In 1845, two ill-fated British ships headed for the Canadian Arctic in the hope of discovering the Northwest Passage to the Pacific Ocean. More than two decades later, the nearly complete skeleton of one of the explorers was recovered from a shallow, stone-covered grave on King William Island in the Canadian Arctic.
Whoever he was, this man appears to have died early and so escaped the worst.
"That the body was accorded formal burial suggests that the death occurred before the final throes of the expedition when the dead seem to have been left unburied and, in some cases, cannibalized," write lead researcher Simon Mays of English Heritage, an organization that advises the government on historic issues, and colleagues in the Journal of Archaeological Science.
The grave, then believed to be Le Vesconte's, was first discovered by native Inuits who later led an American adventurer to it. The body was returned to England, analyzed and buried beneath the Franklin Memorial in Greenwich. (Sir John Franklin led the expedition.) In 2009, renovations to the monument required that the body be exhumed, creating the opportunity to applymodern forensic techniques.
This wasn't the first time. In the 1980s, a team led by Canadian researcher Owen Beattie studied the remains of three men who also died early during that expedition and were buried in the permafrost on Beechey Island. Lead levels in these men's tissues were high, as they were among the scattered remains found there, leading to speculation that lead poisoning, possibly from poorly canned foods, had contributed to their deaths.
Mays and colleagues re-examined the bones thought to belong to Le Vesconte to estimate the man's age, ancestry and body shape. They concluded he was likely 30 to 40 years old, European and rather tall and slender. A gold filling in a tooth indicated a certain social status. Such filings are rare in 19th-century English burial grounds, except high-status church burial vaults, the researchers write in an online version of the journal article published on Feb. 27.
Scurvy — a disease caused by vitamin C deficiency — and tuberculosis have both been implicated in the disaster; however, this man's body contained no evidence of either. A chemical analysis of his tooth enamel offered clues about where in Britain he grew up, eliminating most of southwestern England as his residence. They knew that Le Vesconte had grown up in Devon, a southwestern county, making this identification unlikely.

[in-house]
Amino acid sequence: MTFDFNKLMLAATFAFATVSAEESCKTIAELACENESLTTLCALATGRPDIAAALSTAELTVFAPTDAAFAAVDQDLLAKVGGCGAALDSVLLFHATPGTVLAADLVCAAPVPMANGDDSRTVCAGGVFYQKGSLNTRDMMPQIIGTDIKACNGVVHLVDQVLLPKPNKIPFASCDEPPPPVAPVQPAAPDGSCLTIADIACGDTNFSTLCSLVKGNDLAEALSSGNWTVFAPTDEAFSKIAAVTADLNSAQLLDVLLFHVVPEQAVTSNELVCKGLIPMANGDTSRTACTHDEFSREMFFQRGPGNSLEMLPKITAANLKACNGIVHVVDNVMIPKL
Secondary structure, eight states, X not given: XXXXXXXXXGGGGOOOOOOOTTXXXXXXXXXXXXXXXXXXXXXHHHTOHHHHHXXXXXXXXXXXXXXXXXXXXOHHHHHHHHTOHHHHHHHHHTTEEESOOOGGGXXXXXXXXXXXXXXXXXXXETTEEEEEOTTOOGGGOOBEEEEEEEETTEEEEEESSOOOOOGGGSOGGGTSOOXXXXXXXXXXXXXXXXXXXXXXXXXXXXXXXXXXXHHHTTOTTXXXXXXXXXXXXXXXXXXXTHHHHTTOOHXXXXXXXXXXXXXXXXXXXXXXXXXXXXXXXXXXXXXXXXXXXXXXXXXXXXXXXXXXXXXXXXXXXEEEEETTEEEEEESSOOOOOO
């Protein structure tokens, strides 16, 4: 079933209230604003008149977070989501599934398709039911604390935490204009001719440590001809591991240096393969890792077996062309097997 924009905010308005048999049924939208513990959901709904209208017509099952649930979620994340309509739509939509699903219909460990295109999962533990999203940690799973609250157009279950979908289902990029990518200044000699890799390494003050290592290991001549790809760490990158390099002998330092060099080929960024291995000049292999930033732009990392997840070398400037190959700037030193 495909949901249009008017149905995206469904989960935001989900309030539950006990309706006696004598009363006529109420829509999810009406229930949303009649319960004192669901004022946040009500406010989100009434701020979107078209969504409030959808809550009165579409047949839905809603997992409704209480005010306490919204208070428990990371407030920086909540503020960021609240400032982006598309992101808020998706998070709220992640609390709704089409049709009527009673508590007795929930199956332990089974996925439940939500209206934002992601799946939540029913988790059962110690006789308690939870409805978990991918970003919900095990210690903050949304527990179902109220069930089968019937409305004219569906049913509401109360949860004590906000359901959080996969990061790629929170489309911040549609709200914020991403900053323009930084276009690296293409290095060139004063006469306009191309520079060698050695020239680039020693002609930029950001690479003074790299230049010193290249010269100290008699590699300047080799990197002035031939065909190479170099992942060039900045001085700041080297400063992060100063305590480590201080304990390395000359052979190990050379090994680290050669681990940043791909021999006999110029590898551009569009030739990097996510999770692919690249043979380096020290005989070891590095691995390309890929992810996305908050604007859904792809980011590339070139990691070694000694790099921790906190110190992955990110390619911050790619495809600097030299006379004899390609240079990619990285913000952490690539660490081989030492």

Based on the clothing on the body and the gold filling, the researchers assumed the man was one of 23 officers on the trip. (Le Vesconte was eliminated from the total pool of 24.)
Alan Ogden, of the University of Bradford, created a facial reconstruction using a cast of the skull. They then compared the facial reconstruction with daguerreotypes — essentially old photos — taken for some, but not all, of the officers. They found a likely match in Harry Goodsir, an assistant surgeon and naturalist, who had a bulky, prominent lower lip and a deep groove beneath it that appeared to match the skull's unusual dental conformation. Raised in Scotland, a location that fit with the results of the chemical analysis, he was described by a shipmate as "long and straight," and would have been between 26 and 29 years old at the time of his death, an estimate that is younger than the overall impression given by the skeleton, but reasonable, according to the researchers.
They are, however, cautious.
"It is important to emphasize that facial reconstruction can eliminate possible candidates, but it cannot prove identity: It can only indicate a high probability of a match," the researchers write, pointing out that 10 officers did not have their pictures taken.
All 129 explorers, including Sir Franklin, perished on the expedition and personal identification has been possible for only a few, including Goodsir.